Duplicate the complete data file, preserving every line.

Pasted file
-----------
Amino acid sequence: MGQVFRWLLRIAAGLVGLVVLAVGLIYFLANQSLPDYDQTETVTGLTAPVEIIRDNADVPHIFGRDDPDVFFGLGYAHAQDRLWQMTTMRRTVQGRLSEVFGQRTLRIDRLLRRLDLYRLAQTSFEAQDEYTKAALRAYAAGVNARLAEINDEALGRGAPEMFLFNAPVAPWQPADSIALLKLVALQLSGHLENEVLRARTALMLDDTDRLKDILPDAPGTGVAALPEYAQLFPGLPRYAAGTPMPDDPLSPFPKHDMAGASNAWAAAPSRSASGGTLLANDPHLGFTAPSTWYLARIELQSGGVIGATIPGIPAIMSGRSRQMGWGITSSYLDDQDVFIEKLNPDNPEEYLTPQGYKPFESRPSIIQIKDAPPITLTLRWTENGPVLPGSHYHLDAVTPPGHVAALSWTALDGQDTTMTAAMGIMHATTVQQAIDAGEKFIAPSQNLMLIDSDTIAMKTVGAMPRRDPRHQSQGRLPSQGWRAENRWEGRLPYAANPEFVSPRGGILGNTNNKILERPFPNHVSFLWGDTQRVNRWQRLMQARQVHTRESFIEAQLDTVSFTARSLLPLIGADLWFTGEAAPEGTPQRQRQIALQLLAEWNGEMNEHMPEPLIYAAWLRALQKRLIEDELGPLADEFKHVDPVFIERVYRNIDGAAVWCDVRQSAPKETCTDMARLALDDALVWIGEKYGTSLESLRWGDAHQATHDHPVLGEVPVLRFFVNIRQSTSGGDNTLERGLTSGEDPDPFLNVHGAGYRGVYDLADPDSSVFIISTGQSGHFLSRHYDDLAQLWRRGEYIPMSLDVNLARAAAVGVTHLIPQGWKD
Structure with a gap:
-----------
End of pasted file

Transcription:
Amino acid sequence: MGQVFRWLLRIAAGLVGLVVLAVGLIYFLANQSLPDYDQTETVTGLTAPVEIIRDNADVPHIFGRDDPDVFFGLGYAHAQDRLWQMTTMRRTVQGRLSEVFGQRTLRIDRLLRRLDLYRLAQTSFEAQDEYTKAALRAYAAGVNARLAEINDEALGRGAPEMFLFNAPVAPWQPADSIALLKLVALQLSGHLENEVLRARTALMLDDTDRLKDILPDAPGTGVAALPEYAQLFPGLPRYAAGTPMPDDPLSPFPKHDMAGASNAWAAAPSRSASGGTLLANDPHLGFTAPSTWYLARIELQSGGVIGATIPGIPAIMSGRSRQMGWGITSSYLDDQDVFIEKLNPDNPEEYLTPQGYKPFESRPSIIQIKDAPPITLTLRWTENGPVLPGSHYHLDAVTPPGHVAALSWTALDGQDTTMTAAMGIMHATTVQQAIDAGEKFIAPSQNLMLIDSDTIAMKTVGAMPRRDPRHQSQGRLPSQGWRAENRWEGRLPYAANPEFVSPRGGILGNTNNKILERPFPNHVSFLWGDTQRVNRWQRLMQARQVHTRESFIEAQLDTVSFTARSLLPLIGADLWFTGEAAPEGTPQRQRQIALQLLAEWNGEMNEHMPEPLIYAAWLRALQKRLIEDELGPLADEFKHVDPVFIERVYRNIDGAAVWCDVRQSAPKETCTDMARLALDDALVWIGEKYGTSLESLRWGDAHQATHDHPVLGEVPVLRFFVNIRQSTSGGDNTLERGLTSGEDPDPFLNVHGAGYRGVYDLADPDSSVFIISTGQSGHFLSRHYDDLAQLWRRGEYIPMSLDVNLARAAAVGVTHLIPQGWKD
Structure with a gap: